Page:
Research shows how good heart growth turns bad

January 30, 2019

Dr. Lynn Megeney's lab membersMore than 17 percent of Canadians have been diagnosed with high blood pressure, a condition that makes it more difficult for the heart to pump blood around the body. At first, heart muscle grows to meet the challenge, but eventually this growth becomes dysfunctional, leading to heart failure. New research led by Dr. Lynn Megeney provides crucial insight into what controls the transition from heart growth to heart failure.  Good heart growth starts with activation of a protein called caspase 3, which regulates a variety of processes by cutting up other proteins. But if caspase 3 stays active for too long, it cuts up a protein called gelsolin, which results in heart muscle cells becoming rigid and dysfunctional. Blocking the interaction between caspase 3 and gelsolin blocks the bad kind of growth in heart cells and preserves heart function. This research could lead to a novel approach to prevent heart failure. See the Journal of the American Heart Association for details.

“These are exciting observations and suggest that designing drugs to block caspase cutting of gelsolin may provide an effective means to prevent heart failure,” said Dr. Megeney, senior scientist at The Ottawa Hospital and professor at the University of Ottawa.

Authors: Putinski C, Abdul-Ghani M, Brunette S, Burgon PG, Megeney LA.

Core resources: Proteomics Facility

Funding: Dr. Megeney’s research is possible because of generous donations to The Ottawa Hospital Foundation. This study was also supported by the Canadian Institutes of Health Research and an Ontario Graduate Scholarship.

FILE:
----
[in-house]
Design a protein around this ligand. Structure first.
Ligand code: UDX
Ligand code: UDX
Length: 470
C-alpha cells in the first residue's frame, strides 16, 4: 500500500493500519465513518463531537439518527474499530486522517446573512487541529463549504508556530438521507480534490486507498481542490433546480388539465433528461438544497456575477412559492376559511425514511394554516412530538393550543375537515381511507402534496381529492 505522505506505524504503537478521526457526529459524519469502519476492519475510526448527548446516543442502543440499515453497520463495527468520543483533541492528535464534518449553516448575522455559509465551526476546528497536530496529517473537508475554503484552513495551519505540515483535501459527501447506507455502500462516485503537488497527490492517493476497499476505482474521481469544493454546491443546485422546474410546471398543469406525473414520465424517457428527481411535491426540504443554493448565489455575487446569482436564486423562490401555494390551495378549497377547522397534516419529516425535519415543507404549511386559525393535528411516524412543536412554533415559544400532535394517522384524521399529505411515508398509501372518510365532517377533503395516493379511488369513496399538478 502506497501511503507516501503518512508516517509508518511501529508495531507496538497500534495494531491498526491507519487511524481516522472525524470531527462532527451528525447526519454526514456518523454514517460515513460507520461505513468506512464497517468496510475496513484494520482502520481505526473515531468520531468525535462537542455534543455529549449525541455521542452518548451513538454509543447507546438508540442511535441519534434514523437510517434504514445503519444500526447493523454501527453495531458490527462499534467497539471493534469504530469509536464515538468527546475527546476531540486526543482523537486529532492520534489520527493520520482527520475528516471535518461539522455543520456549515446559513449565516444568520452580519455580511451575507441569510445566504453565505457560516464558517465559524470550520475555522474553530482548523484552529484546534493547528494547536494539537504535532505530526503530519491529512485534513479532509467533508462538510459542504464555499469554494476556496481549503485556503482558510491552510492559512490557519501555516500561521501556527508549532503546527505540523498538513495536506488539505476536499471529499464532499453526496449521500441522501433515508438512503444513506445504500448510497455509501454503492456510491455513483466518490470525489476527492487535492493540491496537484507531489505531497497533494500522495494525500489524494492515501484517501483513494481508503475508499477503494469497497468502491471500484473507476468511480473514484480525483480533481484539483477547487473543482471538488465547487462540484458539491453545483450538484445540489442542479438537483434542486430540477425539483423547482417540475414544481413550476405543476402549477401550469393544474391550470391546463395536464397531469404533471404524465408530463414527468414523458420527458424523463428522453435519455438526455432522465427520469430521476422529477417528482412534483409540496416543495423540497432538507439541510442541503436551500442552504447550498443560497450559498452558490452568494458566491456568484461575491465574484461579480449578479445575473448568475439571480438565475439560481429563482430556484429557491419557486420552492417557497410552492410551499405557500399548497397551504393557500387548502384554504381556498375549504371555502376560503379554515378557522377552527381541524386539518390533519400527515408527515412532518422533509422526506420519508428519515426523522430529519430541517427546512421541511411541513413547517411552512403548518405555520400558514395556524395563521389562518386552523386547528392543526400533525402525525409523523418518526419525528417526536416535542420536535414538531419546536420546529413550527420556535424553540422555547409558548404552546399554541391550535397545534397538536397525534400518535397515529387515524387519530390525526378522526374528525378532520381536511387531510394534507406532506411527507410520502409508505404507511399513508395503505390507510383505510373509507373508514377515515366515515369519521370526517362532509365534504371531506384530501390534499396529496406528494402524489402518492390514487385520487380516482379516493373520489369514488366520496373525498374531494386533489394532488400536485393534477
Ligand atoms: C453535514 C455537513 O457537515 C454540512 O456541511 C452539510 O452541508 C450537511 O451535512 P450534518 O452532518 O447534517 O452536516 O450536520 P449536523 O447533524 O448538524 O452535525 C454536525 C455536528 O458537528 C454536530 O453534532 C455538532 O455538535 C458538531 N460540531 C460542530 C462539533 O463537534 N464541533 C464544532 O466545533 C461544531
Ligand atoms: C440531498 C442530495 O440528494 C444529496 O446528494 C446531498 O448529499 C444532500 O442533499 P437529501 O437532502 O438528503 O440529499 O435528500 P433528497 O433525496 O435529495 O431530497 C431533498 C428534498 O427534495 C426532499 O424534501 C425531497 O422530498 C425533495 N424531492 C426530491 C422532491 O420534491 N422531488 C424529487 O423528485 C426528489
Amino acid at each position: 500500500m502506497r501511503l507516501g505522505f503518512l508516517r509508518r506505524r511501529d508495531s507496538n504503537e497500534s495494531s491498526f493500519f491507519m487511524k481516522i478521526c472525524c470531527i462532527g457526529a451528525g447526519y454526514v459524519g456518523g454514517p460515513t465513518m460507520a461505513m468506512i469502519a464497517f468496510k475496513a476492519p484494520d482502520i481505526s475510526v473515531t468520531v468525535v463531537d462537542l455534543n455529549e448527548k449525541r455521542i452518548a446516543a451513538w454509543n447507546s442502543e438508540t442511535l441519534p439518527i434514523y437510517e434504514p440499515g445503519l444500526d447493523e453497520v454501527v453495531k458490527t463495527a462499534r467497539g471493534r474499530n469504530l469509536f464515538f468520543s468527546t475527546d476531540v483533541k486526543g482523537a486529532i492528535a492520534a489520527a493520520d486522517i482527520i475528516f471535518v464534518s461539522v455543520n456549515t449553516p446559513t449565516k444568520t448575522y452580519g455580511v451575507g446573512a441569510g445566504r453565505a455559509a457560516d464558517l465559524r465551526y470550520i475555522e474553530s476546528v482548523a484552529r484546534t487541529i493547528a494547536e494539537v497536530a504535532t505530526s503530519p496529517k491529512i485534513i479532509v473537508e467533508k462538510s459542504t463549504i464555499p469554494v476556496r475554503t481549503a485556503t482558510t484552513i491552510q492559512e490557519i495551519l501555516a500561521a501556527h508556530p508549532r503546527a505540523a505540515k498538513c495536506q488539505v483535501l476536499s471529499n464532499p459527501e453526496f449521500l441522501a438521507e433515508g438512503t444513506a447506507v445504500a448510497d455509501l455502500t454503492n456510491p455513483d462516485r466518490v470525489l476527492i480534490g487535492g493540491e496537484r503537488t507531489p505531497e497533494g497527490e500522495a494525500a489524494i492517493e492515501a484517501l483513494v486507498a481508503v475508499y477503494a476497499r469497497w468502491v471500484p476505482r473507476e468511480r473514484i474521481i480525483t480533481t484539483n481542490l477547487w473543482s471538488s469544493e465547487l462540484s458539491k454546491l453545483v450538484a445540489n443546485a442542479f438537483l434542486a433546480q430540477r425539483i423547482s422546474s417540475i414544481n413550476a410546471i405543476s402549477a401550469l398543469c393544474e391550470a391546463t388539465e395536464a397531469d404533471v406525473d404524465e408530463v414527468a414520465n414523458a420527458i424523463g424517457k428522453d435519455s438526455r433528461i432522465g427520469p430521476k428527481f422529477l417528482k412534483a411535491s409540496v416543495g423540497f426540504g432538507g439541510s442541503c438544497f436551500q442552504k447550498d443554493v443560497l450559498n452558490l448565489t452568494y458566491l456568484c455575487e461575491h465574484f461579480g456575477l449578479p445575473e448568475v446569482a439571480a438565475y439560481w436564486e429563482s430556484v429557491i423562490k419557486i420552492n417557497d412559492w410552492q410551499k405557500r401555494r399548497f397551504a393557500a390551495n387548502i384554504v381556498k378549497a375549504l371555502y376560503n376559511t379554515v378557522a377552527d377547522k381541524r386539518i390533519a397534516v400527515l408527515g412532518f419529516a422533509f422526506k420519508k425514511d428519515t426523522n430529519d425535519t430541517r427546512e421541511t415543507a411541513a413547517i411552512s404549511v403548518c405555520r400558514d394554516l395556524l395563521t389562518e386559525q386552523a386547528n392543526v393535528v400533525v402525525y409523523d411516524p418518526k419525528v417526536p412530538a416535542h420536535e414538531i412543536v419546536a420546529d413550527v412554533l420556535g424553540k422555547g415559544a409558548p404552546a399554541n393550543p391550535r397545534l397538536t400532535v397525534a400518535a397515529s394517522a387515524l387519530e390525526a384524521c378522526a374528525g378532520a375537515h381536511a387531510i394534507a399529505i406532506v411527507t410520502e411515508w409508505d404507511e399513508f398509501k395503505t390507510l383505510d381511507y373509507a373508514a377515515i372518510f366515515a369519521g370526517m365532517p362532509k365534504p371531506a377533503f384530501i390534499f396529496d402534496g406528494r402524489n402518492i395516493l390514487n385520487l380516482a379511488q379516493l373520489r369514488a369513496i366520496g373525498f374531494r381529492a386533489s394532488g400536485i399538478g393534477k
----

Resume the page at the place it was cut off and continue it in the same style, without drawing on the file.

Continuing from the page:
The Ottawa Hospital: Inspired by research. Driven by compassion 

The Ottawa Hospital is one of Canada’s largest learning and research hospitals with over 1,100 beds, approximately 12,000 staff and an annual budget of over $1.2 billion. Our focus on research and learning helps us develop new and innovative ways to treat patients and improve care. As a multi-campus hospital, affiliated with the University of Ottawa, we deliver specialized care to the Eastern Ontario region, but our techniques and research discoveries are adopted around the world. We engage the community at all levels to support our vision for better patient care. See for more information about research at The Ottawa Hospital.

University of Ottawa: —A crossroads of cultures and ideas

The University of Ottawa is home to over 50,000 students, faculty and staff, who live, work and study in both French and English. Our campus is a crossroads of cultures and ideas, where bold minds come together to inspire game-changing ideas. We are one of Canada’s top 10 research universities—our professors and researchers explore new approaches to today’s challenges. One of a handful of Canadian universities ranked among the top 200 in the world, we attract exceptional thinkers and welcome diverse perspectives from across the globe.

Media Contact

Jennifer Ganton
Director, Communications and Public Relations
Ottawa Hospital Research Institute
Office: 613-798-5555 x 73325
Cell: 613-614-5253